Why Naspers unit PayU went big in Turkey - TechCentral

Why Naspers unit PayU went big in Turkey

Naspers’s R2.4-billion takeover of Turkish online payment firm Iyzico consolidates its presences in one of the most dynamic e-commerce markets in the developing world.

The deal sees its payment subsidiary PayU merge its operations with those of Iyzico, which was founded by German-born Turks Barbaros Özbuğutu and Tahsin Isın in 2013.

Mario Shiliashki, CEO of the Global Payment Organisation at PayU, says there had always been “respectful competition” between PayU and Iyzico, but after getting to know its owners, they figured they could achieve more if they merged their businesses.

The merged entity will have a solid footing in an e-commerce market that is growing at a rapid rate. Shiliashki says that by some estimates the market is about US$10-billion/year and expanding at 20-30% annually. “It’s a young country with incredible mobile penetration.”

He says despite the growth, e-commerce is still relatively small in Turkey, making up only about 5% of the total retail market.

By joining up with Iyzico, Shiliashki says the entity is better positioned to tap into Turkey’s three million small and medium-sized businesses as it has a product that is specifically designed for these enterprises. With only about 5% of these businesses selling online, there is an expectation that this figure could grow as by as much as a factor of five to 10 over the next few years.

‘Twice as fast’

The deal in Turkey ties in with Naspers’s strategy of moving into online payments across the developed world. The media group said in its latest annual report that PayU is “one of the largest online payment service platforms in the world” and the leading provider in 17 countries in Africa and the Middle East, Central and Eastern Europe, India and Latin America.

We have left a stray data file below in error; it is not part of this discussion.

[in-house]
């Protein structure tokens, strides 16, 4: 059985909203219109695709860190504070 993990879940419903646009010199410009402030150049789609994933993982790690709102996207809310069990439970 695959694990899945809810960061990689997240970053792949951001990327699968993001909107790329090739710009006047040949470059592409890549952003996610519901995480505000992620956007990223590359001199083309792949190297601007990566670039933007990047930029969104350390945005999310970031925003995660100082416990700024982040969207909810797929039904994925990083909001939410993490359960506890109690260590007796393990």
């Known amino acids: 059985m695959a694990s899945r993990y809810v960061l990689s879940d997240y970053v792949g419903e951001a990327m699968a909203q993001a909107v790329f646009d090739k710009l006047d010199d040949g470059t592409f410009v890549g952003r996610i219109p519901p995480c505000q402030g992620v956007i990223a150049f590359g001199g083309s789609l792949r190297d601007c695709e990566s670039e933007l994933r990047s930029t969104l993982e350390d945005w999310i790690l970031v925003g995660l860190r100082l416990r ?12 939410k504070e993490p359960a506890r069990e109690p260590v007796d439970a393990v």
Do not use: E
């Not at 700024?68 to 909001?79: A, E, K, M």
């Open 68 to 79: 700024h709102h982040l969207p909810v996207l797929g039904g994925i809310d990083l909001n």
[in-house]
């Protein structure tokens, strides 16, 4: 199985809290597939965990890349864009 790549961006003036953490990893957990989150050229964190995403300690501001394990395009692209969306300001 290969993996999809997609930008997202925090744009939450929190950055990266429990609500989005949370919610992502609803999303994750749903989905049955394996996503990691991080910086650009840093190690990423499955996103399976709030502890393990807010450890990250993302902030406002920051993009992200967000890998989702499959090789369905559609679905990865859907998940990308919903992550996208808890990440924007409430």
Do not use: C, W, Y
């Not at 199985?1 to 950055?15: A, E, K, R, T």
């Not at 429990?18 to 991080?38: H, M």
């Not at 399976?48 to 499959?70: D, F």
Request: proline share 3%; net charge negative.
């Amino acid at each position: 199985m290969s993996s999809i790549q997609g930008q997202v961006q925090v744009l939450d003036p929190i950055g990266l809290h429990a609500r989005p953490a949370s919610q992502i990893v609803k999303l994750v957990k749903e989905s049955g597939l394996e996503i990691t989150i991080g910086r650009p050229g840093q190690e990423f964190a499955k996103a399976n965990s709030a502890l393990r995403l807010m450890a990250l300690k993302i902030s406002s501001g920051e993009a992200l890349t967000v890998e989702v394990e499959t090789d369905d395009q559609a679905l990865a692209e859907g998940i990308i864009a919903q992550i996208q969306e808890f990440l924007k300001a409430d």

It also noted that “online payments in emerging markets are expected to grow twice as fast as in mature markets”. The move toward cashless payments and an acceleration in online cross-border payments is expected to drive this growth.

PayU also launched its payment service in Kenya this week.

Economic growth in the East Africa region is expected to remain at a steady 5.9% in 2019, which is significantly higher than North Africa at 4.9% and Southern Africa at 1.2%, according to the African Development Bank.

Mario Shiliashki

“Kenya is a powerful and growing market, ideally suited for investment and expansion for high-velocity merchants,” says Corrie Bakker, head of strategy and business development at PayU Africa.

Although Shiliashki and Naspers have high hopes for the payment operations, PayU has yet to deliver a profit. It grew revenue 48% to $25-billion, but still incurred a $64-million trading loss for the financial year to 31 March. Shiliashki said Naspers did not give regional breakdowns of PayU’s operations but did say the merged entity will be profitable.

Though Turkey is widely seen as a growth market, like South Africa, its economy is struggling. The World Bank pointed out in April that over the past year, Turkey “has experienced intense market turbulence, and by end-2018, the nominal effective exchange rate had declined by 25%, consumer inflation was above 20% and policy interest rates had tripled to 24%.”

Shiliashki acknowledges that the slowing economy is a problem, but says this could end up driving e-commerce because people tend to start looking for more deals online.

  • This article was originally published on Moneyweb and is used here with permission

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